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Germany, joining U.S., says Iran reply not enough

August 24, 2006

By Louis Charbonneau

BERLIN (Reuters) – Germany added European weight to U.S.
displeasure with Iran’s reply to proposals by world powers in a
nuclear standoff, saying on Thursday Tehran’s insistence on
enriching uranium hindered a negotiated solution.

Two Iranian academics, one of whom has had close ties to
the government, listed questions they said Iran had posed about
what it saw as vagueness in an offer from six big powers of
trade and technology incentives to stop nuclear fuel work.

They said Iran’s response was moderate in tone and the West
should engage it rather than rush to sanctions after an August
31 deadline given Iran by the U.N. Security Council to suspend
uranium enrichment activity.

But, in a bid to expose Iranian bad faith, opposition
exiles said Tehran was building advanced centrifuge enrichment
machines that could greatly speed up its output of nuclear
fuel.

The exile group, the France-based National Council of
Resistance of Iran (NCRI), has reported accurately on secret
Iranian nuclear activity before. Tehran has denied its claims.

In a television interview, German Chancellor Angela Merkel
said Iran’s answer to the incentives package 2 1/2 months after
it was presented was unsatisfactory.

“From everything I hear, we cannot be satisfied with it.
What we expected is not stated there, namely: ‘We will suspend
our uranium enrichment and come to the negotiating table’,” she
told Germany’s N24 television.

“The decisive sentence is missing and this needs to be
addressed.”

Germany is in the sextet of powers that offered the
package, along with the United States, Britain, France, Russia
and China.

Washington said on Wednesday Iran’s response “falls short”
of the Security Council precondition of a verifiable halt to
enrichment before talks to implement the incentives, but did
not reject it outright and said it would be reviewed further.

Germany’s stance was significant as it is seen as the
Western power least keen to resort to sanctions.

“We continue to urge Iran to change its position on
suspension before August 31 to allow negotiations to resume and
remove the need for further action in the Council,” said a
diplomat with one of the three EU nations in the group of six.

The Security Council passed a legally binding resolution on
July 31 telling Iran to suspend its nuclear enrichment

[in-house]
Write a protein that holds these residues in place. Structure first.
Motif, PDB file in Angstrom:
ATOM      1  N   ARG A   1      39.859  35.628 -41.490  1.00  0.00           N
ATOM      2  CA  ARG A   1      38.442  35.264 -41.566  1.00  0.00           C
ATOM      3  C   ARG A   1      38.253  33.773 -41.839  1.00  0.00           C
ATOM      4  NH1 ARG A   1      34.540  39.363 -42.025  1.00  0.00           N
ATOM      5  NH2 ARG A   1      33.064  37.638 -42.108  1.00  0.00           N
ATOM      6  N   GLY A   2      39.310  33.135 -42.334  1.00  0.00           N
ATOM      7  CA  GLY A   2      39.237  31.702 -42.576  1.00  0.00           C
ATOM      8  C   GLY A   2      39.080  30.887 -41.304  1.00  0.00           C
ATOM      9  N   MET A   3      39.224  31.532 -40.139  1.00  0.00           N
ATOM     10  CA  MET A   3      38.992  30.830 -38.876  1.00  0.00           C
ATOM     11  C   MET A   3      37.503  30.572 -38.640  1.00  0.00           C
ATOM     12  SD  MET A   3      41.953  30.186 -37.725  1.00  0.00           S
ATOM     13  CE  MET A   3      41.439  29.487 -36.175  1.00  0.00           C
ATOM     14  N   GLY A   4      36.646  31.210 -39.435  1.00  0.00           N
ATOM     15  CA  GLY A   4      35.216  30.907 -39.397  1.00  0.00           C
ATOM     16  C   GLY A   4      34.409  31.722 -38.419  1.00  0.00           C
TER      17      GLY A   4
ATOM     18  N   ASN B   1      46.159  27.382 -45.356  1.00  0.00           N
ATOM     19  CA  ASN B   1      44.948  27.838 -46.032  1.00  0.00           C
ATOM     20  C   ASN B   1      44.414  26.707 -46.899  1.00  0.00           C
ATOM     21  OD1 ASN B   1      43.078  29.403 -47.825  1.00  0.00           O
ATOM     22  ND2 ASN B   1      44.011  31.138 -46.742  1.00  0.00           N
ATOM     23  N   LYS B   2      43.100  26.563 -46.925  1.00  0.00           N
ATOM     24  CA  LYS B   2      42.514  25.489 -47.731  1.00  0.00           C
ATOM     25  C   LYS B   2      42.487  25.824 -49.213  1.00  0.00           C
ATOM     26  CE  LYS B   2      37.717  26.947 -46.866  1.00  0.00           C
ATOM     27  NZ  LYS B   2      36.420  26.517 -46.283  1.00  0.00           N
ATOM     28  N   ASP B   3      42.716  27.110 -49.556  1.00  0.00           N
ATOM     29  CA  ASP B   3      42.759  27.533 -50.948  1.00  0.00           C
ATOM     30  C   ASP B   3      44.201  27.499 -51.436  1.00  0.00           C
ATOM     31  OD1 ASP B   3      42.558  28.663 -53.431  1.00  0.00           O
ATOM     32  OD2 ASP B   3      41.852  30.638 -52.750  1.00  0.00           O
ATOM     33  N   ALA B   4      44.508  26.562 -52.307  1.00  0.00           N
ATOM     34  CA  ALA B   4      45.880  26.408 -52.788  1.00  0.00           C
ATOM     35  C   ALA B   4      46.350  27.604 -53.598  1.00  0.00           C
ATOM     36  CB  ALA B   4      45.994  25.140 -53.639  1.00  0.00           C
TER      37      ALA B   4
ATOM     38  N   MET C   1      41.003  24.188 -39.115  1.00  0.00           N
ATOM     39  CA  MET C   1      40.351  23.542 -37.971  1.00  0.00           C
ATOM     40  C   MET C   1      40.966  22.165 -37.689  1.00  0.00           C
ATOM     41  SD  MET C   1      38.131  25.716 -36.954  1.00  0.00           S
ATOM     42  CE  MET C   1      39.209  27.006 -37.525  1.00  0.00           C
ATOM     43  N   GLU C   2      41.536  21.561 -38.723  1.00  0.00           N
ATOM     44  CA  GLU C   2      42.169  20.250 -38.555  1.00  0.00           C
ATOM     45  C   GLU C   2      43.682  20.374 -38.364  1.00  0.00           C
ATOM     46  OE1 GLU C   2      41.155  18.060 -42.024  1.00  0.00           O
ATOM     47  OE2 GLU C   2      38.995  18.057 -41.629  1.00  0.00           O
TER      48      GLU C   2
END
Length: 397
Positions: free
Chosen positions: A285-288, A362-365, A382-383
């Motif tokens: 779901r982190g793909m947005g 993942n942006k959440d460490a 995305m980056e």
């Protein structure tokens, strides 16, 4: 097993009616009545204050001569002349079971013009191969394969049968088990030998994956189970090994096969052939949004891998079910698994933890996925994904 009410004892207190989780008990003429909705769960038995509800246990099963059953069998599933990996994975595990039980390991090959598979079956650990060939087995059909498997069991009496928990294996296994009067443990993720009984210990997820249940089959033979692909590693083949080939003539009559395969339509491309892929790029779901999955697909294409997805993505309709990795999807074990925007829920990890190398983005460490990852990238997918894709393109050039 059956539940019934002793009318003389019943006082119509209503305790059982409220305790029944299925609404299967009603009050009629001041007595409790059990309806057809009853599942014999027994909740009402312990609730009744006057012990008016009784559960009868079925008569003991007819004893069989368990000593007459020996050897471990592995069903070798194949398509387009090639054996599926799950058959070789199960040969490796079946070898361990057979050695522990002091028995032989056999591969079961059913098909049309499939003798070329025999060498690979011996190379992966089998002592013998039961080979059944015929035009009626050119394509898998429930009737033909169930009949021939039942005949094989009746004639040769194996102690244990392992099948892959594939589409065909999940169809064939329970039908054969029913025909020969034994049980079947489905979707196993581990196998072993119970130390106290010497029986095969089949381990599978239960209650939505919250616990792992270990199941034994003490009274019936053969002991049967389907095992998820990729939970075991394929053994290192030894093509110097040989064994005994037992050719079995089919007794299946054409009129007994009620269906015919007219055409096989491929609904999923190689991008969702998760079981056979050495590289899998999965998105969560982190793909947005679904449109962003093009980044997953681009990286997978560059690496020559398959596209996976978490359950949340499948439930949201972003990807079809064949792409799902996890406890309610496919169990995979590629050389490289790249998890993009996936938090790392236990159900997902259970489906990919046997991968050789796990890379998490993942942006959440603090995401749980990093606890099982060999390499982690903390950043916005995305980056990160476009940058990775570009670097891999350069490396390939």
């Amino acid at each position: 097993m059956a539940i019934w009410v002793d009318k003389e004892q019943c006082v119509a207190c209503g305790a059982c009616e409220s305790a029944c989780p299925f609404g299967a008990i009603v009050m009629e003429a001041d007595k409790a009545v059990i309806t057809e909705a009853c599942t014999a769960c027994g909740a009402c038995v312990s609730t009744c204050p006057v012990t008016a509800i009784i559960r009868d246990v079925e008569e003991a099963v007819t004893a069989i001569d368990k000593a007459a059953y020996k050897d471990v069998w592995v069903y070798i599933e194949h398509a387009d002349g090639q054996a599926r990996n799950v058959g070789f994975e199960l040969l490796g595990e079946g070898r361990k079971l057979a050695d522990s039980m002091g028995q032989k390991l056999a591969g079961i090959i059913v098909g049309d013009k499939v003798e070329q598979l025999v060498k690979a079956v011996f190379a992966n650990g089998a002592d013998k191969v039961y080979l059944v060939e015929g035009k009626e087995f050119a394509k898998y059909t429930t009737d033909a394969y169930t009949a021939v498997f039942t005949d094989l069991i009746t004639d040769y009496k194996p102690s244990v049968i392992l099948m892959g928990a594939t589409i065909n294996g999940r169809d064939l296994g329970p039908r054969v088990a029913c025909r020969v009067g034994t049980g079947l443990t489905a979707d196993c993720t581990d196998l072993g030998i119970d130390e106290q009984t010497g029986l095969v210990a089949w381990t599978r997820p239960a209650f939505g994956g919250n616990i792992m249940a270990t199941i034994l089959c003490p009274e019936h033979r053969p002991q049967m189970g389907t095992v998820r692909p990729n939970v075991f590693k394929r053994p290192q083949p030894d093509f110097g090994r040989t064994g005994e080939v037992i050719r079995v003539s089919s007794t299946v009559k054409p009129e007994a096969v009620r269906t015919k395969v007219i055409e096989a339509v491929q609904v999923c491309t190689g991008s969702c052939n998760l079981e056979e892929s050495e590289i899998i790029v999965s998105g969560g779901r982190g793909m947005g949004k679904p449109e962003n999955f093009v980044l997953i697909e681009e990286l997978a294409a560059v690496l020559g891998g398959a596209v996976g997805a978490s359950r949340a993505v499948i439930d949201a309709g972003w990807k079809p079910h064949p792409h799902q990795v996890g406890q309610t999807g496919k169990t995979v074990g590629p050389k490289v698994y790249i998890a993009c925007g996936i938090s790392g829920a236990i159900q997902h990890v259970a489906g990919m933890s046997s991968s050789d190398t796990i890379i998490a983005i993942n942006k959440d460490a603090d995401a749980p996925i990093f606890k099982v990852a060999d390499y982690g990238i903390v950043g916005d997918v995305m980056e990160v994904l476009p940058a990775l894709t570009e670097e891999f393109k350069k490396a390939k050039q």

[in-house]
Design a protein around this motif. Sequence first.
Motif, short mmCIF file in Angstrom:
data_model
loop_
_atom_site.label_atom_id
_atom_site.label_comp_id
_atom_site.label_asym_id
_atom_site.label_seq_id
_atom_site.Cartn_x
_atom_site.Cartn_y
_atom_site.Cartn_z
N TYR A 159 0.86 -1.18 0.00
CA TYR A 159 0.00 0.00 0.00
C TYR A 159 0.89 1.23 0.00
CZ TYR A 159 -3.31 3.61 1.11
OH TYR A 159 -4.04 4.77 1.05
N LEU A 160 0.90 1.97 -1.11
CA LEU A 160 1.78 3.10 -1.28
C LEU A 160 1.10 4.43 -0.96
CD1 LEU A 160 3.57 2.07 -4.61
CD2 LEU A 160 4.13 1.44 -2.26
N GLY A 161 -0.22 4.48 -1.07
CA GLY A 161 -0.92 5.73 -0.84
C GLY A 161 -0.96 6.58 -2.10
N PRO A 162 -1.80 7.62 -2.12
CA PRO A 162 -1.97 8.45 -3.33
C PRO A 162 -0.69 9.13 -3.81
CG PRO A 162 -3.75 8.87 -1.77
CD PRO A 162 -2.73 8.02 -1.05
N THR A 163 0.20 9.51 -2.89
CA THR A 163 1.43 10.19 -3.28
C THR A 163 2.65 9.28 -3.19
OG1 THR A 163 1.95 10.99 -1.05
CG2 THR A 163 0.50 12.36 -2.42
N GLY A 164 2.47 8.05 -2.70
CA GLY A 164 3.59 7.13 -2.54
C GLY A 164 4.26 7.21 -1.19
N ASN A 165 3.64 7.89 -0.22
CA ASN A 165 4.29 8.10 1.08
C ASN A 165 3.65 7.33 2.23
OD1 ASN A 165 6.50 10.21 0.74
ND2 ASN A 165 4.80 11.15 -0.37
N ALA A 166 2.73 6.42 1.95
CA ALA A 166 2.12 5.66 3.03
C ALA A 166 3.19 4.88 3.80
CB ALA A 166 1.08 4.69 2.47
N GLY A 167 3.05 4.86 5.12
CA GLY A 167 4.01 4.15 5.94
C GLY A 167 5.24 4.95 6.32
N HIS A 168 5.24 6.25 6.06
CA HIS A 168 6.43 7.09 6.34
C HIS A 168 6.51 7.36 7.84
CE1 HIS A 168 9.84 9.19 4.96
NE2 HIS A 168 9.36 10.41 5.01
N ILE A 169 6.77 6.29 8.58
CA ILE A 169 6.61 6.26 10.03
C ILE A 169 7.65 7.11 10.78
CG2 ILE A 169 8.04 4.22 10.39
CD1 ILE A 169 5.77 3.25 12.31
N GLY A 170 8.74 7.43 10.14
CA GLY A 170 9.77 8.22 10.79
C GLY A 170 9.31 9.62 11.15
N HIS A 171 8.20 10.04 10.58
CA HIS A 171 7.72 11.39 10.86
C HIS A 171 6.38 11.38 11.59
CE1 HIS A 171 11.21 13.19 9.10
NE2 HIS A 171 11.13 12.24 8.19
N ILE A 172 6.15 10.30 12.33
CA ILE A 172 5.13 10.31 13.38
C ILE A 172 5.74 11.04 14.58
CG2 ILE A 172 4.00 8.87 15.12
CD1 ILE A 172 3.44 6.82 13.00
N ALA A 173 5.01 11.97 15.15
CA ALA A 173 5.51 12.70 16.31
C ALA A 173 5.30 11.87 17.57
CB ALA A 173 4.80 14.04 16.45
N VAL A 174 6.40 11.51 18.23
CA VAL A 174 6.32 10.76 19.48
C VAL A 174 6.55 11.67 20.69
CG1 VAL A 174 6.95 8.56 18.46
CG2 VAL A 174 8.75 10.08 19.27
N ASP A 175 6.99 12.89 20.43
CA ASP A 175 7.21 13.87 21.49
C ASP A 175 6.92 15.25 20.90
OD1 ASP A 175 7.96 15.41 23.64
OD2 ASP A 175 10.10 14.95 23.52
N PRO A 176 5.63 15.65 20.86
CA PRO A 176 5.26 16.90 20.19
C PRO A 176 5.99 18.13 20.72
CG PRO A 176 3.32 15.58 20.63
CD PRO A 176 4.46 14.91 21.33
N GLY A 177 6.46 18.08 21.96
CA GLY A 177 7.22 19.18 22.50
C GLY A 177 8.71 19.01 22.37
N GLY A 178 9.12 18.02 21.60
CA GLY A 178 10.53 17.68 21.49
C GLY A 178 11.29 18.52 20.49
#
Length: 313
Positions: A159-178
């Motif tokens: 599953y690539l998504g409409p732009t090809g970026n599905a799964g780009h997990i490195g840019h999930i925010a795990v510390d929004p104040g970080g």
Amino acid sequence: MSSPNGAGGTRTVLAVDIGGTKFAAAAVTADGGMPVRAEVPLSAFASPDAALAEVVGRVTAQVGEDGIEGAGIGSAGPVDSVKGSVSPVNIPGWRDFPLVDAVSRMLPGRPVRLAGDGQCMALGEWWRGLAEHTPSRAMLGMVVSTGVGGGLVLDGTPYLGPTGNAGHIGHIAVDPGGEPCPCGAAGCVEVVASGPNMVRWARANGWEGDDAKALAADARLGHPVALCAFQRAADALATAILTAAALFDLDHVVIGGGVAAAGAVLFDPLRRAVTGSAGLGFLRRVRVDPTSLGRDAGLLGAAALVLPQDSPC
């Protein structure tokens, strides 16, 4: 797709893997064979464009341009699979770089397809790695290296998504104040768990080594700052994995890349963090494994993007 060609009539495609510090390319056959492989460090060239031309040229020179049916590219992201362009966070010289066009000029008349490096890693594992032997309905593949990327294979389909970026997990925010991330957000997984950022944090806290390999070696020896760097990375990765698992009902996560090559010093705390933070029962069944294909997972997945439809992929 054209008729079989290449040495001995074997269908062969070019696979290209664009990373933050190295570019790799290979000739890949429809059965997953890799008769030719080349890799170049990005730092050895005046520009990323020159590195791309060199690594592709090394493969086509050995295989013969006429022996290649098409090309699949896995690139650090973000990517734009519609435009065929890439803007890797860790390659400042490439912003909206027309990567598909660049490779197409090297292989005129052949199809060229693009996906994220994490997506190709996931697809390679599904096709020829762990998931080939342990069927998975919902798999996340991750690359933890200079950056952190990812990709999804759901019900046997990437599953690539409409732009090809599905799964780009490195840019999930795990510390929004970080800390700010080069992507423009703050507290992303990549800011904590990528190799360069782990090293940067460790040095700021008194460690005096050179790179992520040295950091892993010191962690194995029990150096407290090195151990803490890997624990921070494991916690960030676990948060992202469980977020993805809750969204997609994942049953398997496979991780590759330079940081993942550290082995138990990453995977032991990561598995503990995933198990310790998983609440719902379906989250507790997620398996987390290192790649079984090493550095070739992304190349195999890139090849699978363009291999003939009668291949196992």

programme within 30 days or risk punitive sanctions.

MISTRUST

Iran, with the world’s second largest oil and gas reserves,
says it is enriching uranium as an alternative energy source it
will need in the future. The West suspects Iran, which calls
for Israel’s destruction, really wants to make atomic bombs.

Iranian academics Abbas Maleki and Kaveh Afrasiabi said the
21-page response asks for a timeline to implement the
incentives and specifics on possible security arrangements for
the Islamic Republic, which fears U.S. attack to impose “regime
change.”

“Iran also seeks clarity on the status of (existing) U.S.
sanctions that prohibit offers of nuclear and technology
assistance to Iran — is the U.S. willing to lift some if not
all of those sanctions?” Maleki and Afrasiabi said.

They urged the major powers not to dismiss Iran’s reply.

“By agreeing to put the issue of suspension on the table
and commence talks immediately, Iran has sent a strong signal
that the internal debate between power centers in Iran’s
leadership has ended in favor of voices of moderation seeking a
mutually satisfactory resolution of the nuclear standoff,” they
said.

U.S. ambassador to the IAEA Gregory Schulte, speaking in
South Africa, said he had been briefed on the Iranian response.

“One of the requirements … is suspension. And to date we
haven’t seen that,” he said. “We need a clear concrete signal
from Iran’s leaders that they’re serious, that they’re not
playing.”

Analysts say Iran’s complex and nuanced answer was probably
meant to drive a wedge between Security Council members Russia
and China, major trade partners with Tehran, and the United
States, Britain and France, which have mooted tough sanctions.

All five have a veto on the foremost world security body.

The exiled NCRI said Iran had built at least 15 advanced
P-2 centrifuges and would have hundreds more ready next year.

It was not immediately possible to verify the NCRI account.

Iran enriched uranium at its pilot nuclear fuel plant in
April for the first time, using a network of 164 older, less
sophisticated P-1 centrifuges, which spin at supersonic speeds
to heighten the fissile element in uranium ore.

President Mahmoud Ahmadinejad also announced then that Iran
was researching P-2s, which can purify uranium for use as power
plant fuel or atomic bombs 2-3 times faster than the P-1 model.

The International Atomic Energy Agency has been probing the
origin and extent of secret nuclear activity in Iran since
2003.

IAEA chief Mohamed ElBaradei will certify to the Security
Council on August 31 whether Iran has stopped enrichment or
not.

(Additional reporting by Anna Willard in Paris, Mark
Heinrich in Vienna, Edmund Blair in Tehran and Andrew Quinn in
Johannesburg)


Source: reuters



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